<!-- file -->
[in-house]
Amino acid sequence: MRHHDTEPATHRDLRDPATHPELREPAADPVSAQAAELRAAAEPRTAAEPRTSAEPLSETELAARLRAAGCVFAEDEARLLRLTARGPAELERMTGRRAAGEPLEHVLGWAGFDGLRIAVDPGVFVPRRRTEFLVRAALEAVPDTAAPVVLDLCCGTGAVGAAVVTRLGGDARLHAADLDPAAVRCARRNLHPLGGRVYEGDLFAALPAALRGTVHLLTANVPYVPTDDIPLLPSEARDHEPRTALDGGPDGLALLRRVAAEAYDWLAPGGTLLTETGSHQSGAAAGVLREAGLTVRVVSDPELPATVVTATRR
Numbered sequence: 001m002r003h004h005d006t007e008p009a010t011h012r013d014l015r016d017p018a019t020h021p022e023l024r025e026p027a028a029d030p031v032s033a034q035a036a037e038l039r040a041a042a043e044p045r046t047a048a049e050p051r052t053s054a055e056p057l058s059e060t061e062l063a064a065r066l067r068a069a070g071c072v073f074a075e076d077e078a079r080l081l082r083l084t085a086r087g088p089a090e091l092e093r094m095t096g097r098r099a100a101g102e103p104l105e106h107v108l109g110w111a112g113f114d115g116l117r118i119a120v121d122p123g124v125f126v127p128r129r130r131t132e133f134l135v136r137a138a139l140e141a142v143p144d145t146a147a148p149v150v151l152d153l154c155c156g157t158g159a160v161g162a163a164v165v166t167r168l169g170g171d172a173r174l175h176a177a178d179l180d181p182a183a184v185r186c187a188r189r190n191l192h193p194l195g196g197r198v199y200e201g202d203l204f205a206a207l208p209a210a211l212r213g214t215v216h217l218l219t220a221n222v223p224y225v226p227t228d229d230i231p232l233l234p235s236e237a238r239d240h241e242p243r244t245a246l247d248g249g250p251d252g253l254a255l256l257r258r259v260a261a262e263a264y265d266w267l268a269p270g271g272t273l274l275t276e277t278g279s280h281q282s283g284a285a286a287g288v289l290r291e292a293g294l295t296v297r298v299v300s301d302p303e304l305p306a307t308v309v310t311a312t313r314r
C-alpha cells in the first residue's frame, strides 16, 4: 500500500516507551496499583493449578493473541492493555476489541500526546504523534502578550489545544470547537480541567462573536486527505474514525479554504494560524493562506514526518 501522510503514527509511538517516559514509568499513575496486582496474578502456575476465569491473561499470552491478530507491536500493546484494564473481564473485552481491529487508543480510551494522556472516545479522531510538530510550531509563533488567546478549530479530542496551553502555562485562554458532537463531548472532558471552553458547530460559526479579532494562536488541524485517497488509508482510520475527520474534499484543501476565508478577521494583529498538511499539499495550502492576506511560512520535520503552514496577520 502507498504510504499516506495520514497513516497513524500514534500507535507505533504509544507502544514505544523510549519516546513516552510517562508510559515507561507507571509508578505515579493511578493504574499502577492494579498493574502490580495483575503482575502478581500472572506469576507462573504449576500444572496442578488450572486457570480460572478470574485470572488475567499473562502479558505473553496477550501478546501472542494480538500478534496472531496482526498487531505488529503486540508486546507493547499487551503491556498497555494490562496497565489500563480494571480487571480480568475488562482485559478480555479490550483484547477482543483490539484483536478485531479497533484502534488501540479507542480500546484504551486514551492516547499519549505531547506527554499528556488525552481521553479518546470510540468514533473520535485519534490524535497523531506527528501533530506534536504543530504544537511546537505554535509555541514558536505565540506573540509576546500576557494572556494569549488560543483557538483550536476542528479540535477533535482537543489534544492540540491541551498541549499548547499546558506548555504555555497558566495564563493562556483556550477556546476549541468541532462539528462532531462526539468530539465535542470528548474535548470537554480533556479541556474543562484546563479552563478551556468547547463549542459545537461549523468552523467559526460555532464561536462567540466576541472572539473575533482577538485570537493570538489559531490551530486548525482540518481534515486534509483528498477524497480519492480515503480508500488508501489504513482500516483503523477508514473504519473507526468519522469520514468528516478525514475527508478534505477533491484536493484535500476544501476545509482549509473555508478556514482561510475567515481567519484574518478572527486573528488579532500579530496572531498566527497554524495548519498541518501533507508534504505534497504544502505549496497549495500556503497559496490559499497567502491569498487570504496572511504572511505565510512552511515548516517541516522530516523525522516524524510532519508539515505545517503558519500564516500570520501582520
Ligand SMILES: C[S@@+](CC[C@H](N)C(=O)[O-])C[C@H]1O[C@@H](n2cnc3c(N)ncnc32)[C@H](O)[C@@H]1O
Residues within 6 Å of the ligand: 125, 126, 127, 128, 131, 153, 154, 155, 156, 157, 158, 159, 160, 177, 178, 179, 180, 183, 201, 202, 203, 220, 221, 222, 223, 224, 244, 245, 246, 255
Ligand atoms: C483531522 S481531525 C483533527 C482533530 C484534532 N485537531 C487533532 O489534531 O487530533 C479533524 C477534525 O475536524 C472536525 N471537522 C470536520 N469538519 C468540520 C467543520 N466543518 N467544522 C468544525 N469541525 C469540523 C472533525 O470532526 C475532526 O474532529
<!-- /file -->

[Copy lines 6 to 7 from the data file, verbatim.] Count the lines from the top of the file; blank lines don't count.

Residues within 6 Å of the ligand: 125, 126, 127, 128, 131, 153, 154, 155, 156, 157, 158, 159, 160, 177, 178, 179, 180, 183, 201, 202, 203, 220, 221, 222, 223, 224, 244, 245, 246, 255
Ligand atoms: C483531522 S481531525 C483533527 C482533530 C484534532 N485537531 C487533532 O489534531 O487530533 C479533524 C477534525 O475536524 C472536525 N471537522 C470536520 N469538519 C468540520 C467543520 N466543518 N467544522 C468544525 N469541525 C469540523 C472533525 O470532526 C475532526 O474532529